13. 13. 1. The Automatic Computing Engine (ACE) was an early electronic stored-program computer design produced by Alan Turing at the invitation of John R. Womersley, superintendent of the Mathematics Division of the National Physical Laboratory (NPL). It was based on turing’s work at Bletchley Park , where he designed the Colossus Computers for breaking the German Codes.2. Turing’s draft on the construction of the Engine stated that “It should use stored program in its memory”, he had laid out the detailed logic diagrams and the circuits for construction of the Computer.3. The Pilot Model of the ACE was developed and soon after John Von Nuemann proposed his design for the EDVAC which was based on turing work and this is the same architecture that is used in the Modern Computers.
  14. 14. Navigating through the Intelligence…I. Artificial intelligence (AI) is the intelligence of machines and the branch of computer science that aims to create it. AI textbooks define the field as "the study and design of intelligent agents" where an intelligent agent is a system that perceives its environment and takes actions that maximize its chances of success. John McCarthy, who coined the term in 1955, defines it as "the science and engineering of making intelligent machines.“II. The field of AI research was founded at a conference on the campus of Dartmouth College in the summer of 1956.The attendees, including John McCarthy, Marvin Minsky, Allen Newell and Herbert Simon, became the leaders of AI research for many decades. They and their students wrote programs that were, to most people, simply astonishing.
  15. 15. Continued… The field of AI has seen its ups and downs, it has seen the oft termed“AI winter” in the 70’s and the early 90’s. But today it is soaring high and has brought almost all theComputational fields under its ambit. Popular applications of AI include : “Data Mining”, “SearchOptimization”, “Social Intelligence”, “Neural Networks”, “Logic”. Google’s Search Engine uses AI to optimize your search queries. Robotics which is soon going to a significant game-changer has AI asits cornerstone. Examples of AI based systems include: IBM’s chess playing Deep Blue, IBM’s Watson, DARPA Grand Challenge. HOAP 2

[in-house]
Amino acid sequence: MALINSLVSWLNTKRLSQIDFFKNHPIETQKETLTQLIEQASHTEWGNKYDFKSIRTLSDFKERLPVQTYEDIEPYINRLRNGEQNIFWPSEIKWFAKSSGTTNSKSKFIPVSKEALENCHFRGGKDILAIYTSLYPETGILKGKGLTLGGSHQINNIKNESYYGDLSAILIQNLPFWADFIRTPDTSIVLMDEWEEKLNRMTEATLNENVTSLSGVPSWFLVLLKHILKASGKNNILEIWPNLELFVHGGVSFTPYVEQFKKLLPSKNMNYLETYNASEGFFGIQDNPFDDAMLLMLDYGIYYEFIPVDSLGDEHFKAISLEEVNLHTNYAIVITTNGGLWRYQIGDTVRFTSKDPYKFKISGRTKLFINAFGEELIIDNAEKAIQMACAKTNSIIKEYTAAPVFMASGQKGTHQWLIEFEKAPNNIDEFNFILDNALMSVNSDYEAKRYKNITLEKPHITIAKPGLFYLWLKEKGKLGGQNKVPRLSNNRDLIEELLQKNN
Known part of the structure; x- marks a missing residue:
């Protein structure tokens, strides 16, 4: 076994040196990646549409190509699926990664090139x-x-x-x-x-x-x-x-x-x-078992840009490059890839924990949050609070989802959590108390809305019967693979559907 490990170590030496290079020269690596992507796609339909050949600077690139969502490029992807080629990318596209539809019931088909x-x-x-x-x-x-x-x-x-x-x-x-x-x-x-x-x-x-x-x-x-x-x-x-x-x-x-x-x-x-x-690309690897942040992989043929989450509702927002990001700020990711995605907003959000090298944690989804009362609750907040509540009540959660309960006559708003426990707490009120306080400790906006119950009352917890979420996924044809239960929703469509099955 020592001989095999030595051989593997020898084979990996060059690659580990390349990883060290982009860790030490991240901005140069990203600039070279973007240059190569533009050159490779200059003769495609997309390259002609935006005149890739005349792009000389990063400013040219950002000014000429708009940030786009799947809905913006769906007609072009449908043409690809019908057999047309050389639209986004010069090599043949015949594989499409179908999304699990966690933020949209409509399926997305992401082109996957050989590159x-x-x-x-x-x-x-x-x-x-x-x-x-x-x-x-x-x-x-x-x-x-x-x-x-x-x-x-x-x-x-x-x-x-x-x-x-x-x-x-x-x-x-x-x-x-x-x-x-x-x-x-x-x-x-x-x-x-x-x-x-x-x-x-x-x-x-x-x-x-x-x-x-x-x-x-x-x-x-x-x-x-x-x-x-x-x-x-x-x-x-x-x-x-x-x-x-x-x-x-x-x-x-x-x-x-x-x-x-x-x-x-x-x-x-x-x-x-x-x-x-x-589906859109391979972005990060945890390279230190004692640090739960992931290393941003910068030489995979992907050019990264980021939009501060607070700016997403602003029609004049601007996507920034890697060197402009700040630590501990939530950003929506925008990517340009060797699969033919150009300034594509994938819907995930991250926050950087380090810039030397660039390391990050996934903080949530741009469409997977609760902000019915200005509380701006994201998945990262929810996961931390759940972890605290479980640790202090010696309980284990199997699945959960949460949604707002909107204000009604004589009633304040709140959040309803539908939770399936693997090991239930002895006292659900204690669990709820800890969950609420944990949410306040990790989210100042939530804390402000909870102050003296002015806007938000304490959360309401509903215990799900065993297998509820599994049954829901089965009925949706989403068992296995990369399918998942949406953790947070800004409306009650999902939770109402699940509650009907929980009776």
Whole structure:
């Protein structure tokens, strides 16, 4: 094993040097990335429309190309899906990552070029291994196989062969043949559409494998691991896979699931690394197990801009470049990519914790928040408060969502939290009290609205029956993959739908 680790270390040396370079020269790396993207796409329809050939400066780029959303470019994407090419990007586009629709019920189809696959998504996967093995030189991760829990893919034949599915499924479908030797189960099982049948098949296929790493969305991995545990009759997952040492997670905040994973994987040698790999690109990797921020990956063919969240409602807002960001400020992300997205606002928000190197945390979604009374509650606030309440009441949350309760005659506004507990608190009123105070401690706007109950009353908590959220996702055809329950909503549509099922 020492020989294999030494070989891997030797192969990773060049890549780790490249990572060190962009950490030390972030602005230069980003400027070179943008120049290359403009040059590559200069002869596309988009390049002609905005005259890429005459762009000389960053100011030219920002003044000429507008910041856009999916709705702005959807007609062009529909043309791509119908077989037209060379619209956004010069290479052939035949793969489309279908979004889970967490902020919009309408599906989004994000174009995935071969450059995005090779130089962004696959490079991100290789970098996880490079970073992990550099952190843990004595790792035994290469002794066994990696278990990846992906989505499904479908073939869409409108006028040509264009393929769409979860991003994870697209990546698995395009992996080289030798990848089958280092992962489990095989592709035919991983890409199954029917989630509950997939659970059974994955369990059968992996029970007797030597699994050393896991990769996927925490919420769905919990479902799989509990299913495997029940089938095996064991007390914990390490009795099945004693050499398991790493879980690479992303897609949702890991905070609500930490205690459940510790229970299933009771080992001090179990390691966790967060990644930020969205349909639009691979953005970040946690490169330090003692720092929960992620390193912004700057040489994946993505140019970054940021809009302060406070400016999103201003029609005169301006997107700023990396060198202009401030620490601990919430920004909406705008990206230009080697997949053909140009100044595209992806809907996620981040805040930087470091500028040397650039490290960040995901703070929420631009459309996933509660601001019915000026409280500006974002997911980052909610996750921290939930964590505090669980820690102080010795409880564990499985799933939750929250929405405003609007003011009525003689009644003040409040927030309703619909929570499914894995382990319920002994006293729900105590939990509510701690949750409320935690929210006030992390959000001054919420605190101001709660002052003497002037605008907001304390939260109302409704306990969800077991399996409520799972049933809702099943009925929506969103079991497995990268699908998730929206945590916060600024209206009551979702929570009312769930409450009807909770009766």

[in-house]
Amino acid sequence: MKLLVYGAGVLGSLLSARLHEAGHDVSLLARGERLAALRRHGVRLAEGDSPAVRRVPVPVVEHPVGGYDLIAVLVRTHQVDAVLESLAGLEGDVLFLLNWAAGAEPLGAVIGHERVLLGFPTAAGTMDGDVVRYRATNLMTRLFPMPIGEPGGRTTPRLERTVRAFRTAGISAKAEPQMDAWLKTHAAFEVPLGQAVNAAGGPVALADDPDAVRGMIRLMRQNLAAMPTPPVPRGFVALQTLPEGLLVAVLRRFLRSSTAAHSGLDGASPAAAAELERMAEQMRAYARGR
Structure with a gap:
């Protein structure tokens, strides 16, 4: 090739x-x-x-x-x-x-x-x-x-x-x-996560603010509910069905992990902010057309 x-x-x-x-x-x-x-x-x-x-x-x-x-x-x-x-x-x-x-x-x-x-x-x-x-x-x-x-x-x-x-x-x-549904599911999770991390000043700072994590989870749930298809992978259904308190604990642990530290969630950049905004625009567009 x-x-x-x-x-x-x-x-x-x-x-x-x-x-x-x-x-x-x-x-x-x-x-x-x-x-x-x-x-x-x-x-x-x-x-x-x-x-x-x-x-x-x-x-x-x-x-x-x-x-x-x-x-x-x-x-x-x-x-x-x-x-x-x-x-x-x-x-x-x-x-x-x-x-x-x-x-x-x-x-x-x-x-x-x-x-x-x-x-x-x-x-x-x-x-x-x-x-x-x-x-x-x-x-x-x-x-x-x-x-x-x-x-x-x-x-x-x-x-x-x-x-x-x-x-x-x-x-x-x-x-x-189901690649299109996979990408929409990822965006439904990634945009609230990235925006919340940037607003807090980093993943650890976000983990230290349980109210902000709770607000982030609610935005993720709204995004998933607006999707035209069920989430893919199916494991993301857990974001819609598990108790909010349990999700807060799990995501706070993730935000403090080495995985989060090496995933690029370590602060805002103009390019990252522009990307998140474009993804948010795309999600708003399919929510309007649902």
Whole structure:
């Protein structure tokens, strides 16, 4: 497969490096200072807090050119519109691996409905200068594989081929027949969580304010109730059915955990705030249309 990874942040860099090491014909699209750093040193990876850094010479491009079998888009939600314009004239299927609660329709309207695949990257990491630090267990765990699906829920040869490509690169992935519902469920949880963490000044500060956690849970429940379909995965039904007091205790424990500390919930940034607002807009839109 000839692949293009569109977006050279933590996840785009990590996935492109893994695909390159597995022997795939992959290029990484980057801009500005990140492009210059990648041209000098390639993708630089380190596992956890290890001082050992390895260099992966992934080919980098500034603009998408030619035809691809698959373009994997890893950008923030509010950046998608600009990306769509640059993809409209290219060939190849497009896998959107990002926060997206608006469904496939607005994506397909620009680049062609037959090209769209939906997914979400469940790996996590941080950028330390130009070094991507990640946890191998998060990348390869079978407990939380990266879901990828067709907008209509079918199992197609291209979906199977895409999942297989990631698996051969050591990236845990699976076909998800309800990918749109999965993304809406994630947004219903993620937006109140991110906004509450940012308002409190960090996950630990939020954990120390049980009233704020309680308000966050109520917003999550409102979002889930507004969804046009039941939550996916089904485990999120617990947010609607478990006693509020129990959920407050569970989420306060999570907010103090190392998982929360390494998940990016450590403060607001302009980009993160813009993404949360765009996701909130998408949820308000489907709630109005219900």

16. 16. Artificial Life…
  17. 17. Turing’s Contribution… Turing worked from 1952 until his death in 1954on mathematical biology, specifically morphogenesis. Hepublished one paper on the subject called The Chemical Basisof Morphogenesis in 1952, putting forth the Turinghypothesis of pattern formation. His central interest in thefield was understanding Fibonacci phyllotaxis the existence ofFibonacci numbers in plant structures. He used reaction–diffusion equations which are central to the field of patternformation. Later papers went unpublished until 1992 whenCollected Works of A.M. Turing was published. Hiscontribution is considered a seminal piece of work in thisfield.
  18. 18. The Problem Statement is : Can there ever be a program whichcan predict whether another program will halt on a specific input.DOES-HALT(program,input) // halts if the program goes into an infinte loop else does-not halt.SELF-HALT(program) { if (DOES-HALT(program,program)) { infinite loop } else { halt }}Now we give the input to the function self-halt as follows:SELF-HALT(SELF-HALT)What happens….????
  19. 19. A A A Given above is a buffer gate which consists of two NOT gates .As is evident since it undergoes a double inversion we get the output same as the input. A turing Machine can be roughly compared to a NOT gate for the sake of simplicity and understanding and not for any real implications. In reality the turing machine is a DFA(Deterministic Finite Automata), that is its states are fixed and predetermined and can transition to only one state on a single input. Here we are trying to create a parallelism between the Buffer gate and the Halting Problem for a better and much easier understanding of the latter. Similar to the Buffer Gate the Output of one turing machine whenfed as the Input of another equivalent turing machine should yield the original input but in reality it doesnot.This is the paradox and using this we can prove that such a machine cannot exist which can predict whether a program will stop or not

×